Hepatic fat fraction and visceral adipose tissue fatty acid composition in mice: Quantification with 7.0T MRI


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Abstract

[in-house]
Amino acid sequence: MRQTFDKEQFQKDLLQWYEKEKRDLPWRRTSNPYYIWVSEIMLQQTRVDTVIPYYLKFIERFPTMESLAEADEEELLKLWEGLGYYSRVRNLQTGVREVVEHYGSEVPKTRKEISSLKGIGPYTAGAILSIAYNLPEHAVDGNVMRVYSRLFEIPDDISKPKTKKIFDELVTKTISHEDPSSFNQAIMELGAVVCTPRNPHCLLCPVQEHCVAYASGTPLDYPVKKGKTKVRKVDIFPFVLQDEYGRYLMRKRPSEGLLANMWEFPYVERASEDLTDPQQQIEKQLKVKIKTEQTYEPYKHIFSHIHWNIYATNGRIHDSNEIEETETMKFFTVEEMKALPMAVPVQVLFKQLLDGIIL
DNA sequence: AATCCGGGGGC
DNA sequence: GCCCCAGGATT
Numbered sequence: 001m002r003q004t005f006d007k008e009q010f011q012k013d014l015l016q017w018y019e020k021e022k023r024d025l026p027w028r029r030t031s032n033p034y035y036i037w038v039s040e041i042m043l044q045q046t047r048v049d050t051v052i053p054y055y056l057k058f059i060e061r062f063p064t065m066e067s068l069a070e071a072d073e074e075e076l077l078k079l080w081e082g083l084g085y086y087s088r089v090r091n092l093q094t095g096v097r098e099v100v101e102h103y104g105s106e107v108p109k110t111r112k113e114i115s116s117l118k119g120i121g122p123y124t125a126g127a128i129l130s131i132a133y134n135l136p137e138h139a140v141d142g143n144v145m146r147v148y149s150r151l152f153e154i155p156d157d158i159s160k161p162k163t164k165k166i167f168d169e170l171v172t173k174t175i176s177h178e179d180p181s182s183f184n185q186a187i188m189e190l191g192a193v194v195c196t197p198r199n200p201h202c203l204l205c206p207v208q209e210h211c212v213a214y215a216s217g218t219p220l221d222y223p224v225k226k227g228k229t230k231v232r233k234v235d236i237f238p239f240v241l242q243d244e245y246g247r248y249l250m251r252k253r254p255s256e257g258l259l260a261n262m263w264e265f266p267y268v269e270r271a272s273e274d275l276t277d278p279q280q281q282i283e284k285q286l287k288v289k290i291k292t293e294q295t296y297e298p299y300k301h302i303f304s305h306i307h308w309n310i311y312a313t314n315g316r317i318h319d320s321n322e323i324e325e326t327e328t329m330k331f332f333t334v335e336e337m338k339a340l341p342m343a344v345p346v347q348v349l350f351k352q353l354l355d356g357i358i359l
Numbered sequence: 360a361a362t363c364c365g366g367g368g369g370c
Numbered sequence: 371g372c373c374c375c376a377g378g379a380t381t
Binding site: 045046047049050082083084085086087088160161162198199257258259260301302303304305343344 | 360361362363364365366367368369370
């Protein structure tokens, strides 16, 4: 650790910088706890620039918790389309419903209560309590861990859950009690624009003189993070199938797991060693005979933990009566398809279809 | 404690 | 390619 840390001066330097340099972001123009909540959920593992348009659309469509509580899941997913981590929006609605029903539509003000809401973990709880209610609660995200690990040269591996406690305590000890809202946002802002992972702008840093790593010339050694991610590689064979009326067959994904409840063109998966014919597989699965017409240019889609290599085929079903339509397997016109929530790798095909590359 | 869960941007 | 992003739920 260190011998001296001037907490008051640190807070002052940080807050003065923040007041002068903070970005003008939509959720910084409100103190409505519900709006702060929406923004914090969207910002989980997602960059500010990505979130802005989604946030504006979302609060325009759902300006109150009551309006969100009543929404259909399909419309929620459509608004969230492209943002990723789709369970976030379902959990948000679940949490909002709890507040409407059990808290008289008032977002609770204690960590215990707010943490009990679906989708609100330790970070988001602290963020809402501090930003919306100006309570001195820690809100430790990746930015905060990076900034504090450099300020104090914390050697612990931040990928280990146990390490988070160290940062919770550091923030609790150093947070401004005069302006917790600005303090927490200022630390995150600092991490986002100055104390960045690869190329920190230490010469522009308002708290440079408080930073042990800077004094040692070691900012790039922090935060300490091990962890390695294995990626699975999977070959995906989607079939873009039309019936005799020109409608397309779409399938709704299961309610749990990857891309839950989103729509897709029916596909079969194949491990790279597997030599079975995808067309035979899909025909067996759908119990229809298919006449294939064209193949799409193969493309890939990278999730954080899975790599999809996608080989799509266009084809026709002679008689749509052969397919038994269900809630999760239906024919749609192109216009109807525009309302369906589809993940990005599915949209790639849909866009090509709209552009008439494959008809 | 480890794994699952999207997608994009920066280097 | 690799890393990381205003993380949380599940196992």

Purpose:To develop an MRI method for quantifying hepatic fat content and visceral adipose tissue fatty acid composition in mice on a 7.0T preclinical system.Methods:MR acquisitions were performed with a multiple echo spoiled gradient echo with bipolar readout gradients. After phase correction, the number of double bounds (ndb) and the number of methylene interrupted double bounds (nmidb) were quantified with a model including eight fat components, and parametric maps of saturated, monounsaturated, and polyunsaturated fatty acids were derived. The model included a complex error map to correct for the phase errors and the amplitude modulation caused by the bipolar acquisition. Validations were performed in fat–water emulsions and vegetable oils. In vivo, the feasibility was evaluated in mice receiving a high-fat diet containing primarily saturated fatty acids and a low-fat diet containing primarily unsaturated fatty acids.Results:Linear regressions showed strong agreements between ndb and nmidb quantified with MRI and the theoretical values calculated using oil compositions, as well as between the proton density and the fat fractions in the emulsions. At MRI, the mouse liver fat fraction was smaller in mice fed the low-fat diet compared with mice fed the high-fat diet. In visceral adipose tissue, saturated fatty acids were significantly higher, whereas monounsaturated and polyunsaturated fatty acids were significantly lower in mice fed the low-fat diet compared with mice fed the high-fat diet.Conclusion:It is feasible to simultaneously quantify hepatic fat content and visceral adipose tissue fatty acid composition with 7.0T MRI in mice. Magn Reson Med 76:510–518, 2016. © 2015 The Authors. Magnetic Resonance in Medicine published by Wiley Periodicals, Inc. on behalf of International Society for Magnetic Resonance in Medicine. This is an open access article under the terms of the Creative Commons Attribution NonCommercial License, which permits use, distribution and reproduction in any medium, provided the original work is properly cited and is not used for commercial purposes.

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